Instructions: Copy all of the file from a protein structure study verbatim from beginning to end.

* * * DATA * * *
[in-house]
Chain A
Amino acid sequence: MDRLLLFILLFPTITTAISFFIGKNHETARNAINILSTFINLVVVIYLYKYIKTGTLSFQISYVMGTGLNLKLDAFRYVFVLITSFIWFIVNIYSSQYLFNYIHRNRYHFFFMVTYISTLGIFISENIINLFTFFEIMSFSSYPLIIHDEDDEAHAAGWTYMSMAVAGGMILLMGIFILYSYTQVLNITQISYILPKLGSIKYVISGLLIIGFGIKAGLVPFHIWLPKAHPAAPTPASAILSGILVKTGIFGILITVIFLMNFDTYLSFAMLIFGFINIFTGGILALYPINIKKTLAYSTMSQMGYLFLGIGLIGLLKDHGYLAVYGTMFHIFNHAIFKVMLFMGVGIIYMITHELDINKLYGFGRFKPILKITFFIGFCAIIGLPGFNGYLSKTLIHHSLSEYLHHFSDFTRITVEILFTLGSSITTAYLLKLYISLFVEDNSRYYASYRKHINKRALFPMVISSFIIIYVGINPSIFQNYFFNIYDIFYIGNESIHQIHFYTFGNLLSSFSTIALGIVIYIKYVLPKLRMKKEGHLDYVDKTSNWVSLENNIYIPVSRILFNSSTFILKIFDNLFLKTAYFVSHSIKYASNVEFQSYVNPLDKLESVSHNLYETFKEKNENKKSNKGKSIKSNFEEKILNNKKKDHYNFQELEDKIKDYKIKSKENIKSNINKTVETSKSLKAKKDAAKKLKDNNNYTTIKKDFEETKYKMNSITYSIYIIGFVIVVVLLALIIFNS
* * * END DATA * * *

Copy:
[in-house]
Chain A
Amino acid sequence: MDRLLLFILLFPTITTAISFFIGKNHETARNAINILSTFINLVVVIYLYKYIKTGTLSFQISYVMGTGLNLKLDAFRYVFVLITSFIWFIVNIYSSQYLFNYIHRNRYHFFFMVTYISTLGIFISENIINLFTFFEIMSFSSYPLIIHDEDDEAHAAGWTYMSMAVAGGMILLMGIFILYSYTQVLNITQISYILPKLGSIKYVISGLLIIGFGIKAGLVPFHIWLPKAHPAAPTPASAILSGILVKTGIFGILITVIFLMNFDTYLSFAMLIFGFINIFTGGILALYPINIKKTLAYSTMSQMGYLFLGIGLIGLLKDHGYLAVYGTMFHIFNHAIFKVMLFMGVGIIYMITHELDINKLYGFGRFKPILKITFFIGFCAIIGLPGFNGYLSKTLIHHSLSEYLHHFSDFTRITVEILFTLGSSITTAYLLKLYISLFVEDNSRYYASYRKHINKRALFPMVISSFIIIYVGINPSIFQNYFFNIYDIFYIGNESIHQIHFYTFGNLLSSFSTIALGIVIYIKYVLPKLRMKKEGHLDYVDKTSNWVSLENNIYIPVSRILFNSSTFILKIFDNLFLKTAYFVSHSIKYASNVEFQSYVNPLDKLESVSHNLYETFKEKNENKKSNKGKSIKSNFEEKILNNKKKDHYNFQELEDKIKDYKIKSKENIKSNINKTVETSKSLKAKKDAAKKLKDNNNYTTIKKDFEETKYKMNSITYSIYIIGFVIVVVLLALIIFNS